I told John Craven I asked numerous people to evaluate him, then come up with my own consensus word: "Unmanageable." He likes it, but argues that the trick in dealing with unmanageable people is to build an organization around them that will get them to do what you want.
John Craven and
A recent book, "Blind Man's Bluff," credits him with a major conceptual role in pioneering deep-sea operations. His team's successes include locating and raising a lost H-bomb off Spain, and finding two lost sunken subs -- USS Scorpion in the Atlantic and a Soviet sub 1,700 miles from Hawaii. The latter was well outside the Soviet search area. Multi-millionaire Howard Hughes tried unsuccessfully to raise it, pretending he was mining manganese.
A 400,000-copy printing of "Blind Man's Bluff" will be followed in August by a 1 million-copy soft-cover printing. It has rejuvenated his reputation, Craven says, and evoked interest in a book by him with the tentative title of "Tales of an Ancient Mariner."
I have watched Craven with awed fascination ever since Gov. John A. Burns brought him to Hawaii in 1970 to be the state's first marine affairs adviser.
His concept of floating cities to relieve population pressures got lots of press but no more than a constructed mini-model that was finally allowed to rust away. His idea for a deep-ocean research lab in Hawaii was one he himself had pigeonholed until Burns wanted it to help stimulate development along the Big Island's Gold Coast.
The Natural Energy Laboratory of Hawaii at Keahole now brings up cold deep-sea water for agricultural as well as energy development. Craven heads a firm there called Common Heritage Corp.
In 1990 the then-dean of law at the University of Hawaii announced Craven's resignation as director of the Law of the Sea Institute at UH after 14 years even though Craven, perhaps proving his unmanageability, said he would have to be fired.
Around then Craven turned in 10 or 12 letterheads when UH President Albert Simone asked staff to submit to him all the letterheads they were using. Craven says forming organizations with titles and letterheads was sometimes the quickest way to get things done. All, I am sure, were with a public purpose in mind.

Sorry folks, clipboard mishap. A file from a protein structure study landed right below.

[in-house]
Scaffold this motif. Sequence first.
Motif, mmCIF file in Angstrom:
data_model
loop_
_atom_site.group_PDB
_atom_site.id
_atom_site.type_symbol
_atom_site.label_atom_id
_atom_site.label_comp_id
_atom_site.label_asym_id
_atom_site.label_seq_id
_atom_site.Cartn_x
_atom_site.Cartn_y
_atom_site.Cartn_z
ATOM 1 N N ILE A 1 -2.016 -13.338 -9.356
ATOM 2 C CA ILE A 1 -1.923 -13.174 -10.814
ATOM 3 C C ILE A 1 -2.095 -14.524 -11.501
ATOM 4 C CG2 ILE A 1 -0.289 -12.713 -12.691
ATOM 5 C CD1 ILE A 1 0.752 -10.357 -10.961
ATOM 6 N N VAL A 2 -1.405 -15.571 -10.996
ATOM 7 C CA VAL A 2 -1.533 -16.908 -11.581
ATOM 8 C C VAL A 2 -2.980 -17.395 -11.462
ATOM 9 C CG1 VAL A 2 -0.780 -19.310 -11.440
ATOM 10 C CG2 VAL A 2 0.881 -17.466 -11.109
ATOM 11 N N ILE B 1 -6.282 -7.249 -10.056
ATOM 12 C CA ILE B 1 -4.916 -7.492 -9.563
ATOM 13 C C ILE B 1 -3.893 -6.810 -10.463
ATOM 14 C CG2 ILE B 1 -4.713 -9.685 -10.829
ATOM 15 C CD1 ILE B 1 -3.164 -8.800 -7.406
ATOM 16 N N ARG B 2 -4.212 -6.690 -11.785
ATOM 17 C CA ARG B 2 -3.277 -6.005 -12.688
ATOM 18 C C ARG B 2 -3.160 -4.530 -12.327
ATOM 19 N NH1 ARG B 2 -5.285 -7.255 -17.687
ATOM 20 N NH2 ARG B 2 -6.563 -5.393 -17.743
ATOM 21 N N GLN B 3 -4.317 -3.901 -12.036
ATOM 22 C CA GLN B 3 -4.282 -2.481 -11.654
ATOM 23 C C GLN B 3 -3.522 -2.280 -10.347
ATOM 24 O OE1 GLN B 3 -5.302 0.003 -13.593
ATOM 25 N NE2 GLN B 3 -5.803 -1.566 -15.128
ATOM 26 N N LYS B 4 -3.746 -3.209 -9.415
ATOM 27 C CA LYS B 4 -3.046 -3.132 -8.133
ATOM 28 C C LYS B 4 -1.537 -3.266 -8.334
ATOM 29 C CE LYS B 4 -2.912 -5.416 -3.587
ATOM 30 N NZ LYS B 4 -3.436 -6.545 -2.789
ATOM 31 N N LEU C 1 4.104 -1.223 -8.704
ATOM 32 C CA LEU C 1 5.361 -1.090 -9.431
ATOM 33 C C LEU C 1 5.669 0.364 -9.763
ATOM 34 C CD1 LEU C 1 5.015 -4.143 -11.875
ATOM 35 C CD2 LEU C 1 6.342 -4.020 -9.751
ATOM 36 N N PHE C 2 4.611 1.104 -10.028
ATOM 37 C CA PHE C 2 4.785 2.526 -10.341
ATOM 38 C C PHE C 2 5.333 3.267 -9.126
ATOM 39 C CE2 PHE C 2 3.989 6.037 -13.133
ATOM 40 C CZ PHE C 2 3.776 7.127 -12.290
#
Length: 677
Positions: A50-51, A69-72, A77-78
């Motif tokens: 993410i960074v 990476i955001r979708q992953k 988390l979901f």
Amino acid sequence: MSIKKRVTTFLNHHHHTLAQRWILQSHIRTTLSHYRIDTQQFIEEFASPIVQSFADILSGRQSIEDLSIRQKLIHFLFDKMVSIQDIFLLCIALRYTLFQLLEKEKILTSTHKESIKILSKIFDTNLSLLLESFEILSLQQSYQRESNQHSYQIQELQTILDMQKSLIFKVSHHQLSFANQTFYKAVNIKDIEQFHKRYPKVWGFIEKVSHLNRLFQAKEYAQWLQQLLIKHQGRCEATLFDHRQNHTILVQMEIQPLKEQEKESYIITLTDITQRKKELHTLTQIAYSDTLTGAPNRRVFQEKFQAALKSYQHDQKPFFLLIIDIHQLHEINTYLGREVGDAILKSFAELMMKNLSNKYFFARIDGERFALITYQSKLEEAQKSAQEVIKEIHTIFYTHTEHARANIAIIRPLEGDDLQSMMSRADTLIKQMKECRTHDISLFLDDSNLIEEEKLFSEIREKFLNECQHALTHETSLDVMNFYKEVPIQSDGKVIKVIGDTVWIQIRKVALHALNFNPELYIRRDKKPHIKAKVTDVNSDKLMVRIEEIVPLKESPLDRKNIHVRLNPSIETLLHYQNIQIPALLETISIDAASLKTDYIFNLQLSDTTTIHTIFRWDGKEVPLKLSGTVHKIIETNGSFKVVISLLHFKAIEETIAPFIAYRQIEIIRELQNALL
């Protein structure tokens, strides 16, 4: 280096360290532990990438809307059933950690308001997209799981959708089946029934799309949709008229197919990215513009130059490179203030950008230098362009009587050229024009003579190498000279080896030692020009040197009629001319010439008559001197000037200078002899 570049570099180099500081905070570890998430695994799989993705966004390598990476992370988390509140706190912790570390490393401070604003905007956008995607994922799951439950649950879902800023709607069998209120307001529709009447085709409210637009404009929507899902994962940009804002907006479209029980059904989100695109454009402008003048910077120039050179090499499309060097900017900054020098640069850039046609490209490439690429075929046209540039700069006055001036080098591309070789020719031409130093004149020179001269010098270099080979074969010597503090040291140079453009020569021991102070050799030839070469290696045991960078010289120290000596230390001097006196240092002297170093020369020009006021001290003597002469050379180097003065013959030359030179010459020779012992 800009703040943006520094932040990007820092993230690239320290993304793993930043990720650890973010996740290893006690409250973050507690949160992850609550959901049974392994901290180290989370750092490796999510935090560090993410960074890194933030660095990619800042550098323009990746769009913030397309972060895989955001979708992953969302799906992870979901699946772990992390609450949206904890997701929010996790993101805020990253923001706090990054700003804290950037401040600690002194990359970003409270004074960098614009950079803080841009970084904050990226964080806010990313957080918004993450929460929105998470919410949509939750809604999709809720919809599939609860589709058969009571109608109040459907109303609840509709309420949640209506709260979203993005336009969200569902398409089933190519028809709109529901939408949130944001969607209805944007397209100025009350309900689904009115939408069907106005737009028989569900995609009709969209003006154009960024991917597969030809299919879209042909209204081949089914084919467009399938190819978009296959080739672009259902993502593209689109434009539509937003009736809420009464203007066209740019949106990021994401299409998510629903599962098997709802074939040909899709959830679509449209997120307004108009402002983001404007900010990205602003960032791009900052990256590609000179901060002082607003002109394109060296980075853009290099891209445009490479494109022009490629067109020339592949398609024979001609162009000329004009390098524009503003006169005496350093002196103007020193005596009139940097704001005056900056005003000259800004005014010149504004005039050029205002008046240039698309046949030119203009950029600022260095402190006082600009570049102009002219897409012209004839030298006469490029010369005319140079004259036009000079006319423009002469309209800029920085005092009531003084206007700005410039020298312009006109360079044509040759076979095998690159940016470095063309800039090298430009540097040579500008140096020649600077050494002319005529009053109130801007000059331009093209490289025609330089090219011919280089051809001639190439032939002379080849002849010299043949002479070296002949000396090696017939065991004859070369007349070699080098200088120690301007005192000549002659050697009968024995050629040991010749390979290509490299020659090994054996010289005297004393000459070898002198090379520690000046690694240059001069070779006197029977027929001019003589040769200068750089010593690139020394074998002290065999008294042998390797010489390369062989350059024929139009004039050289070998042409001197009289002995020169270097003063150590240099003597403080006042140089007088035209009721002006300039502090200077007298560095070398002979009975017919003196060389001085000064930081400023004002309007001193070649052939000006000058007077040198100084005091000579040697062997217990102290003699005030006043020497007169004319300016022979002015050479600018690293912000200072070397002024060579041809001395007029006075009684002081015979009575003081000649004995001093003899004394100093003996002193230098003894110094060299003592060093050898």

"Blind Man's Bluff" reports his pride in getting one of former U.S. Sen. William Proxmire's Golden Fleece awards for a 2,000 percent cost overrun on a deep submergence research vessel.
USING an art learned from Adm. Hyman Rickover, Craven made the DSRV program a cover for super-secret efforts such as locating the Soviet sub. One person who knew the truth was "Hawaii's admiral" -- Bernard Clarey, for whom the Ford Island causeway is named, then vice-chief of naval operations.
Craven is restored to an office at UH-Manoa to teach "Sea and Society" as an "uncompensated appointee." I highly recommend him based on past listenings.
Edward Teller, 90, the famed nuclear physicist, puts himself in a decompression chamber periodically, hoping the pressurized oxygen may protect his thought processes against the erosion of age. At 74, Craven may move to scuba diving for the same reason. Now he immerses his head, hands and feet in 45 -degree water at Keahole to stimulate circulation.
A.A. Smyser is the contributing editor
and former editor of the the Star-Bulletin
His column runs Tuesday and Thursday.